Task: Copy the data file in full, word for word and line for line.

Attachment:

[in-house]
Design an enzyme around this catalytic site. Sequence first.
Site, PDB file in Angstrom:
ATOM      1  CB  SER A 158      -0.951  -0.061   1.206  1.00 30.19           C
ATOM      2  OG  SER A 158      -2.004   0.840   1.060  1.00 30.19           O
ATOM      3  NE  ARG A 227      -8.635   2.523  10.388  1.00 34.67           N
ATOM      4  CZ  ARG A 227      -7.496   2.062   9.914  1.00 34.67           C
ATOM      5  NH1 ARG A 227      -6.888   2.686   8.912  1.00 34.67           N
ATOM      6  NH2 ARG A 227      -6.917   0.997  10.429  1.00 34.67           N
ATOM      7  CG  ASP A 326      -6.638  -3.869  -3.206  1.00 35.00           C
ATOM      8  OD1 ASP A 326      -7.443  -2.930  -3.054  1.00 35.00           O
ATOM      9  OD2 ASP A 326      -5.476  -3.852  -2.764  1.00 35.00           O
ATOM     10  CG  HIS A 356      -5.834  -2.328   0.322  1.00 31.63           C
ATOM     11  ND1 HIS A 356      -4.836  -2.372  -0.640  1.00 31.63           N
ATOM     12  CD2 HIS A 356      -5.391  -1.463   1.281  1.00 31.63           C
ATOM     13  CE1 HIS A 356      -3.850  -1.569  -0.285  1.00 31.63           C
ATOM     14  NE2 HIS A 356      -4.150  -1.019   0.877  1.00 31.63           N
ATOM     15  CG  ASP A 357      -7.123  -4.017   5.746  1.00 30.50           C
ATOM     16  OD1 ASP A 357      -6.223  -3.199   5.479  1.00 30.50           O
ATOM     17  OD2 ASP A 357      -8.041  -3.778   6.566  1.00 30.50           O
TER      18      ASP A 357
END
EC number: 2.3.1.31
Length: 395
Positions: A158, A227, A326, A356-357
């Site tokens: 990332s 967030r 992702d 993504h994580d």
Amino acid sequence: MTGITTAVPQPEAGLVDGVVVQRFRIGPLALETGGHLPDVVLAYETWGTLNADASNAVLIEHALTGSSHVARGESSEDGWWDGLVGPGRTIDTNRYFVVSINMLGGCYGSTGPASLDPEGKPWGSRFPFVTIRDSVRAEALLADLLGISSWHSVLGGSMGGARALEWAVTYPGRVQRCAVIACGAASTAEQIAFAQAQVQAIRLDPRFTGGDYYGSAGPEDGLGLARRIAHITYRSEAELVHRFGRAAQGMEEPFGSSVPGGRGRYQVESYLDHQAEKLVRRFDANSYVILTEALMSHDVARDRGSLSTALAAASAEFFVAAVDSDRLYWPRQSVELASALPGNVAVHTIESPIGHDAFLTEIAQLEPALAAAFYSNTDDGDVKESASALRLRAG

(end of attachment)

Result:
[in-house]
Design an enzyme around this catalytic site. Sequence first.
Site, PDB file in Angstrom:
ATOM      1  CB  SER A 158      -0.951  -0.061   1.206  1.00 30.19           C
ATOM      2  OG  SER A 158      -2.004   0.840   1.060  1.00 30.19           O
ATOM      3  NE  ARG A 227      -8.635   2.523  10.388  1.00 34.67           N
ATOM      4  CZ  ARG A 227      -7.496   2.062   9.914  1.00 34.67           C
ATOM      5  NH1 ARG A 227      -6.888   2.686   8.912  1.00 34.67           N
ATOM      6  NH2 ARG A 227      -6.917   0.997  10.429  1.00 34.67           N
ATOM      7  CG  ASP A 326      -6.638  -3.869  -3.206  1.00 35.00           C
ATOM      8  OD1 ASP A 326      -7.443  -2.930  -3.054  1.00 35.00           O
ATOM      9  OD2 ASP A 326      -5.476  -3.852  -2.764  1.00 35.00           O
ATOM     10  CG  HIS A 356      -5.834  -2.328   0.322  1.00 31.63           C
ATOM     11  ND1 HIS A 356      -4.836  -2.372  -0.640  1.00 31.63           N
ATOM     12  CD2 HIS A 356      -5.391  -1.463   1.281  1.00 31.63           C
ATOM     13  CE1 HIS A 356      -3.850  -1.569  -0.285  1.00 31.63           C
ATOM     14  NE2 HIS A 356      -4.150  -1.019   0.877  1.00 31.63           N
ATOM     15  CG  ASP A 357      -7.123  -4.017   5.746  1.00 30.50           C
ATOM     16  OD1 ASP A 357      -6.223  -3.199   5.479  1.00 30.50           O
ATOM     17  OD2 ASP A 357      -8.041  -3.778   6.566  1.00 30.50           O
TER      18      ASP A 357
END
EC number: 2.3.1.31
Length: 395
Positions: A158, A227, A326, A356-357
């Site tokens: 990332s 967030r 992702d 993504h994580d």
Amino acid sequence: MTGITTAVPQPEAGLVDGVVVQRFRIGPLALETGGHLPDVVLAYETWGTLNADASNAVLIEHALTGSSHVARGESSEDGWWDGLVGPGRTIDTNRYFVVSINMLGGCYGSTGPASLDPEGKPWGSRFPFVTIRDSVRAEALLADLLGISSWHSVLGGSMGGARALEWAVTYPGRVQRCAVIACGAASTAEQIAFAQAQVQAIRLDPRFTGGDYYGSAGPEDGLGLARRIAHITYRSEAELVHRFGRAAQGMEEPFGSSVPGGRGRYQVESYLDHQAEKLVRRFDANSYVILTEALMSHDVARDRGSLSTALAAASAEFFVAAVDSDRLYWPRQSVELASALPGNVAVHTIESPIGHDAFLTEIAQLEPALAAAFYSNTDDGDVKESASALRLRAG